Crouched amidst scattered tools and tussled grass, he looks up enthusiastically, “We’re putting in new water meters whose signals can be read from our cars.”

 

Though his sincerity and diligence warm me, I’m agitated, thinking, I’m sure this will save money, and lifting heavy slabs in the heat can be a drag, but sitting in a car watching a screen doesn’t sound fun. Anyway, did anyone ask if I want this? And, what will these signals do to my nervous system?

 

Not knowing what to say, I wish him well and wander back to the soil.

 

I notice my tomato plant, eagerly stretching towards the sun. Yesterday, it was drooping in the heat, so I watered it. I feel its limbs, now firm. Great! I think, but wonder, do we want to become like this plant, needing everything brought to us?

 

Bending down, I continue laying chipped oak around heart-shaped squash leaves to buffer their roots from wind and heat. I think on generations of farmers digging soil to sow seeds, swinging scythes to cut hay, lifting bales to feed horses. Folks toiled and got tired as sweat cleansed their systems, muscles grew taut and minds were shaped by natural rhythms and boundaries.

 

Now machines can do our work and we can sit and watch. But tasks once completed in the course of our labor now need our will power to be accomplished. We must carry out and endure a fast to cleanse our insides, work out at the gym lifting weights to build our muscle and manage myriad conceivable activities to organize our time, lest we suffer disease, obesity and chaos.

 

But, I remember my friend Joe’s words last night at our book study. Sitting across his handmade coffee table, he says, “We aren’t helping young people develop their wills. By doing art and handwork, kids put themselves out into the world. But we cut out these activities thinking they’re frivolous.”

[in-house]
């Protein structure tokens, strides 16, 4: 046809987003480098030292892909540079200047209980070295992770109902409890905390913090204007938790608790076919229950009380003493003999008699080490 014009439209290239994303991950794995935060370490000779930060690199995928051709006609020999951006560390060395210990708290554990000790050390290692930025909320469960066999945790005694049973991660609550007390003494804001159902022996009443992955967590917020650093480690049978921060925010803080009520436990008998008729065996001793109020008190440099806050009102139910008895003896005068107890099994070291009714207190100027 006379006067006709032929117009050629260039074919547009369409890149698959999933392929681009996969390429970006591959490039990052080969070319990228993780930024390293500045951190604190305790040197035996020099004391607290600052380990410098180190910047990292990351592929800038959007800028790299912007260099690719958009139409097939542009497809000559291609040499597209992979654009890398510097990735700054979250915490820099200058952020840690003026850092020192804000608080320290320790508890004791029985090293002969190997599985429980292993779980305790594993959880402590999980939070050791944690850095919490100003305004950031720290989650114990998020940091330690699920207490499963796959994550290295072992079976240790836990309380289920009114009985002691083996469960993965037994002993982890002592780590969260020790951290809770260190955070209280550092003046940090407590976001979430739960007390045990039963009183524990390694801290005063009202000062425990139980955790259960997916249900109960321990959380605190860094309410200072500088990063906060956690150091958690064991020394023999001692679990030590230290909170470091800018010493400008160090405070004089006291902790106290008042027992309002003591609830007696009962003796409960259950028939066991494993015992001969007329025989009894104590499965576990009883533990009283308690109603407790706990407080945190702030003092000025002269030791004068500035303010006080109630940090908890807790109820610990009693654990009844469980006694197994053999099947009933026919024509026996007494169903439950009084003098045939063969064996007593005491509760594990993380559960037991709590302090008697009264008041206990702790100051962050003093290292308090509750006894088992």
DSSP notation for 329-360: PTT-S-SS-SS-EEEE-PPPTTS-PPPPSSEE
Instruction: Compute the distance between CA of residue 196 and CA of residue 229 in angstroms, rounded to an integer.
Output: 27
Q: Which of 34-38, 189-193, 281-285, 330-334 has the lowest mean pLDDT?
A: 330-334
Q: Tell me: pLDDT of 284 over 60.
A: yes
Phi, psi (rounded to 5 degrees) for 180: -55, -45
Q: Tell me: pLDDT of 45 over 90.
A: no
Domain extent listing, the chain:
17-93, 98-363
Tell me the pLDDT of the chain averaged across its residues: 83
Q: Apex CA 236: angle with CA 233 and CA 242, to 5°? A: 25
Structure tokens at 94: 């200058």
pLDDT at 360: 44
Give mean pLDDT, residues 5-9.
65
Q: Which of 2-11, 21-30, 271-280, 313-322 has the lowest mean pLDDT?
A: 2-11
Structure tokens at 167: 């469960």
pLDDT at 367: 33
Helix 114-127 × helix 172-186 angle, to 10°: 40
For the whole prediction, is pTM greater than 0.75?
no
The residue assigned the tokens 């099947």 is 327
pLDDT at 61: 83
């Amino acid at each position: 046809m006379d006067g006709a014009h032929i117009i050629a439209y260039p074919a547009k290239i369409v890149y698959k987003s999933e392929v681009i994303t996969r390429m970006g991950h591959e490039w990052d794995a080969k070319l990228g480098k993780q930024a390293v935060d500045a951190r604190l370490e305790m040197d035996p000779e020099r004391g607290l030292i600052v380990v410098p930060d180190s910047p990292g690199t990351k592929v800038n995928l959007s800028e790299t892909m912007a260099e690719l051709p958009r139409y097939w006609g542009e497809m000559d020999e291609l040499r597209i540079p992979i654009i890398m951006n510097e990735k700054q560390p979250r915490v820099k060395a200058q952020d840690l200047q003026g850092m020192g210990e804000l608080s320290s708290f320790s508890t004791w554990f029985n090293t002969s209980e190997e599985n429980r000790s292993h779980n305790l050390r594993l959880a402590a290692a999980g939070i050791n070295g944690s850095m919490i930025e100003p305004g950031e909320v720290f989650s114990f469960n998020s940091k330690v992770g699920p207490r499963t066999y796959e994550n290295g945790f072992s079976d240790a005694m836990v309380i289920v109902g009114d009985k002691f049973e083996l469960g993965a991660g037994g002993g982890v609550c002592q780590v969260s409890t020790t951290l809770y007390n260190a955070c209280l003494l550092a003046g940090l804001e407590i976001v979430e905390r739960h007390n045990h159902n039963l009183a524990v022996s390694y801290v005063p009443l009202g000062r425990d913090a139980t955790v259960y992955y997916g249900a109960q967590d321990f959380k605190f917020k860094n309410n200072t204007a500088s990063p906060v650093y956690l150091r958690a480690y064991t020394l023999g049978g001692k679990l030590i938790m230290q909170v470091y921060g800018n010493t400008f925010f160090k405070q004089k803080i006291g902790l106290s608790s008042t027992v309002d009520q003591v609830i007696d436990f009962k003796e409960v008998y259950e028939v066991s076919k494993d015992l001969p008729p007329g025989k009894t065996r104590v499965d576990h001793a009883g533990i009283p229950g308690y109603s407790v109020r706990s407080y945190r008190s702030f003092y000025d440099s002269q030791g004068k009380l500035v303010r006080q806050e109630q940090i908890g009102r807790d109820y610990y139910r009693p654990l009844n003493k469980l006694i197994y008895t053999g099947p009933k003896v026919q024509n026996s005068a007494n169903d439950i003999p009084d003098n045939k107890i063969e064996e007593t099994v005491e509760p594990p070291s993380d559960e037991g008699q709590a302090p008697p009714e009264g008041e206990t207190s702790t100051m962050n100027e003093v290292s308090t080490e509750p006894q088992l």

“Handwork and art develop critical thinking skills,” his wife Ann, sitting beside him on their couch, adds “without which, we can’t form our own initiatives. “ I nod, admiring her spinning wheel and baskets of spun and dyed yarn set behind her.

 

“And how can we be free?” Pete asks, stilling his swaying rocker, “if we can’t respond creatively to the world? My fiancée, Tanya, and I took her nephew, Carl, to the Kennedy Space Center last week. The kid kept his eyes locked on his pokeman game. He didn’t listen to the astronaut’s tales of explorations or look at the pictures of earth from outer space, only watched imaginary images on his phone screen.”

 

“What’s scary,” Debbie adds, “is that these activities shape neuropathways that form ideas and build our abilities and habits.

 

I cringe as the concrete lid clangs closed on the new meter. Sweat drips from my brow while one more societal wheel is set on the rail of automaticity. As neighbors toil at their desks unaware, I kneel on the soil wondering what to do.

 

An ant traipses across my elbow. I twitch and push it to the ground. Fireflies swirl by my cheek; white puffs float overhead. I look up to admire the procession, inhaling warm air, then wiping brown crumbs of earth from my knees, stand, walk to the hose and wash.

 

Munching purple hibiscus leaves I’ve picked, I slide open and closed the glass door and lift my crank radio from the kitchen table. I turn the handle a few rounds and listen to the broadcast while cutting dandelion leaves to steam.

 

Madhya Pradesh became the first state in India to create a Department of Happiness. Its Chief Minister who borrowed the idea from neighboring Bhutan says the department will work to “ensure happiness of the common people.”

 

Bhutan measures gross national happiness instead of gross domestic product as we do. The country preserves its natural resources by outlawing killing animals and importing chemical fertilizers. Forests aren’t cut down and people live amidst rich wildlife supplying their food and clothing needs.

 

What a different culture! I think. Here we are racing to maximize stock returns, minimize labor and cram pack productivity, thoughtless of our impact on plants and animals. We mechanize our work, thinking we’re lightening our load, but quicken the pace, leaving many of us stressed and depressed. What would a US Department of Happiness say about this?

 

Dishes washed, I walk to my desk, sit, reach for my pen and write my quarterly check to WSLR. While I have my health insurance premium automatically deposited monthly, I want to consciously send in this donation. I like that Amish people choose which machines to use and when. I’m trying to be as thoughtful. While I use a washing machine, I love to stand in the sun and breeze, hanging clothes on the line so run a dryer only occasionally during rainy season. I bought a car without a screen to show me what’s behind, preferring to turn my head. While this wouldn’t be the best choice for my mom, who can’t easily do so, it fits for me; I want to see and hear what’s behind my car using my neck muscle. So often we automatically think automatic is best, not considering there’s a tradeoff.